When the US Postal Service delivered over a dozen potentially lethal pipe bombs to public figures last week, Americans were immediately reminded that all of these intended victims, from former President Barack Obama to former CIA director John Brennan, have been frequent targets of the demagogic rhetoric of Donald Trump.
THERE is a painful tradition in The Bahamas that perhaps, at last, the time has come to bring to an end.
What happened to Jean Rony Jean-Charles should never have happened to anyone, but it did. A man born in The Bahamas, picked up in an immigration raid, deported to Haiti, feared missing or the victim of an accident or worse, located weeks later (by a reporter for this newspaper) living in the bush in the country where he knew no one, had no papers, could not work and was more terrified than ever, his story is disconcerting to a point of alarming.
Mexico Beach is a small beach community with a population of 1,072 situated near the Florida panhandle’s so-called “Redneck Riviera”. The area’s wide sandy beaches have always beckoned landlocked visitors from neighbouring Tennessee, Georgia and Alabama, accounting for the nickname. Mexico Beach sits so directly astride the dividing line between the Eastern and Central time zones that drivers heading west from the town’s eastern boundary will gain an hour on their watches before reaching the western town line.
Nassau is dirty. Except in rare meticulously maintained areas like Baha Mar Boulevard, the lack of respect for surroundings hits us smack in the face at nearly every turn. Litter-strewn sidewalks. Overgrown vacant lots dotted with abandoned vehicles. Old fridges and used mattresses tossed in bushes. Random snipe signage in the ground, hand-scrawled cardboard signs begging for business nailed to trees.
Early this month, a 59-year-old Saudi Arabian journalist walked into the Saudi consulate in Istanbul, presumably to pick up documentary evidence of the dissolution of his previous marriage. Jamal Khashoggi was planning to marry again and friends said the normally sombre Khashoggi was uncharacteristically ebullient.
THE release earlier this week of a new landmark report by the Intergovernmental Panel on Climate Change (IPCC) makes grim and gloomy reading. This United Nations body has now declared time is running out to avert disaster precipitated by climate change unless drastic action is taken to phase out fossil fuels and reduce carbon emissions.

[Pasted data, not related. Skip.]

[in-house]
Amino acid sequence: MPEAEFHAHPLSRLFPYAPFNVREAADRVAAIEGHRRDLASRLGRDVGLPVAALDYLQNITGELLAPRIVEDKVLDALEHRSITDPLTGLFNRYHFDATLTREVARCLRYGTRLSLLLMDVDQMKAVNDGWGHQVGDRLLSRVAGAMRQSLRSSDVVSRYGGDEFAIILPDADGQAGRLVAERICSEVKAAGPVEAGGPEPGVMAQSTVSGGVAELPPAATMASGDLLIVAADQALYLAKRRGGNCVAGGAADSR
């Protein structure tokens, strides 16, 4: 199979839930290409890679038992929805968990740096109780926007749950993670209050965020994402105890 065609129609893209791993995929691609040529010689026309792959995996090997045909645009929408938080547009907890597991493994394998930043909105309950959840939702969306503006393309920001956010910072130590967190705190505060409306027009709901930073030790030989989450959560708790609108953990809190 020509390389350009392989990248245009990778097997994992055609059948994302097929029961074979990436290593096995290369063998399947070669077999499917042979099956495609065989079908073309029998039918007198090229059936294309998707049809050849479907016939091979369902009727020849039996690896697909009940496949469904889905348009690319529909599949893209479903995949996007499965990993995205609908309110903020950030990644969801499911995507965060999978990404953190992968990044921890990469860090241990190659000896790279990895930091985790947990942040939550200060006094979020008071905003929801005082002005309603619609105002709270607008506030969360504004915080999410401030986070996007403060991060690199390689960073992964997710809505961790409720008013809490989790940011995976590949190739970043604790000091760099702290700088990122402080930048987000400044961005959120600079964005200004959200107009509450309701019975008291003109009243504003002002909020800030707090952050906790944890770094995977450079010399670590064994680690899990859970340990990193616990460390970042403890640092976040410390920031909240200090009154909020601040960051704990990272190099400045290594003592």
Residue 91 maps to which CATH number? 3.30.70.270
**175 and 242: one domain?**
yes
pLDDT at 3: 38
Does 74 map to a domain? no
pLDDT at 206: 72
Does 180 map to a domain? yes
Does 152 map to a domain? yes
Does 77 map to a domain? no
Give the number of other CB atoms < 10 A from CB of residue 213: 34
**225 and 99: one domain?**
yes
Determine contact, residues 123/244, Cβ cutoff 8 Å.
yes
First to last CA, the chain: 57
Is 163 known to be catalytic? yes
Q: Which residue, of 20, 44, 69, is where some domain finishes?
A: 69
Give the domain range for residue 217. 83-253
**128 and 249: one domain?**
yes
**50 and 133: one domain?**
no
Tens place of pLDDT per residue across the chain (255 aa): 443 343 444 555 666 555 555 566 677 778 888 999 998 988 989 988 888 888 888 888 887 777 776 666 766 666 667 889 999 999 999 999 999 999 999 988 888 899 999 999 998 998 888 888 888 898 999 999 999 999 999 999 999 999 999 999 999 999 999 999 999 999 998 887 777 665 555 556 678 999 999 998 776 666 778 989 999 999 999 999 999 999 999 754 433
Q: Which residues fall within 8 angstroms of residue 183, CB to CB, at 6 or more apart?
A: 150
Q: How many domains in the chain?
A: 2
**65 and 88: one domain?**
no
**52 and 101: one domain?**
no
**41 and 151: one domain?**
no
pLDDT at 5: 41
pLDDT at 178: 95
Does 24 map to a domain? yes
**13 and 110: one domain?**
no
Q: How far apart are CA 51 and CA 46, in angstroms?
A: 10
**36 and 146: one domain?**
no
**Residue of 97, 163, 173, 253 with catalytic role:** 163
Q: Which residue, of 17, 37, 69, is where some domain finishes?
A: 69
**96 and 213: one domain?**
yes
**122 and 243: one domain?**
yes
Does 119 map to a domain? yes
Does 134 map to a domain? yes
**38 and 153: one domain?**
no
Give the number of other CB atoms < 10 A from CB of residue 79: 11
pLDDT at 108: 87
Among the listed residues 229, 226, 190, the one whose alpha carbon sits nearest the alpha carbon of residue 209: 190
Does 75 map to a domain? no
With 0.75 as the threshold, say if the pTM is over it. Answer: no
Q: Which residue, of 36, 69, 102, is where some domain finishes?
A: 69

WHILE major developments like Brett Kavanaugh’s confirmation to the US Supreme Court and a new North American trade pact dominated the American news last week, several significant officials spoke publicly at the same time to offer their informed views on the globally significant issue of the evolving US-China relationship. The Trump administration helped to focus further attention on China when Vice President Pence delivered a major address on the subject to the conservative Hudson Institute.
When doctors at Princess Margaret Hospital threatened to withhold services because of poor pay and, in some instances, deplorable working conditions, the public was aghast. How, they asked, could a doctor turn his or her back on a patient in need of urgent care or ongoing attention?
TO many foreign observers, the ugly spectacle of the current US Senate nomination hearings for the Supreme Court being shamelessly politicised yet again makes a mockery of America’s democracy.
LAST Friday, Deputy Provost Marshal Tommy Sands accompanied by a team of police officers seized the Simms Point/Nygard Cay premises of Canadian fashion mogul Peter Nygard, ending a nearly two-day standoff that some called unprecedented and shocking. Those who were appalled that Nygard’s staff managed to defy the third highest-ranking security officer of the land for the better part of two days, refusing him entry despite an order from the highest court in The Bahamas, should not have been surprised.
WHAT is really at stake in the great political circus now playing in Washington, DC?
CRITICISM of the educational system in this country is never-ending.
EACH day brings a new fusillade of advocacy and commentary about Brett Kavanaugh, US President Donald Trump’s historically controversial nominee to fill the vacancy on the American Supreme Court created by the resignation this summer of Anthony Kennedy.
Bob Woodward is 75-years-old. He grew up west of Chicago, the son of an Illinois judge and graduated from Yale in 1965. After five years in the U.S. Navy, some spent at sea, he turned down an acceptance to study at Harvard Law School to start in journalism. Although his application was initially deferred, he was later accepted as a reporter for the Washington Post in 1971.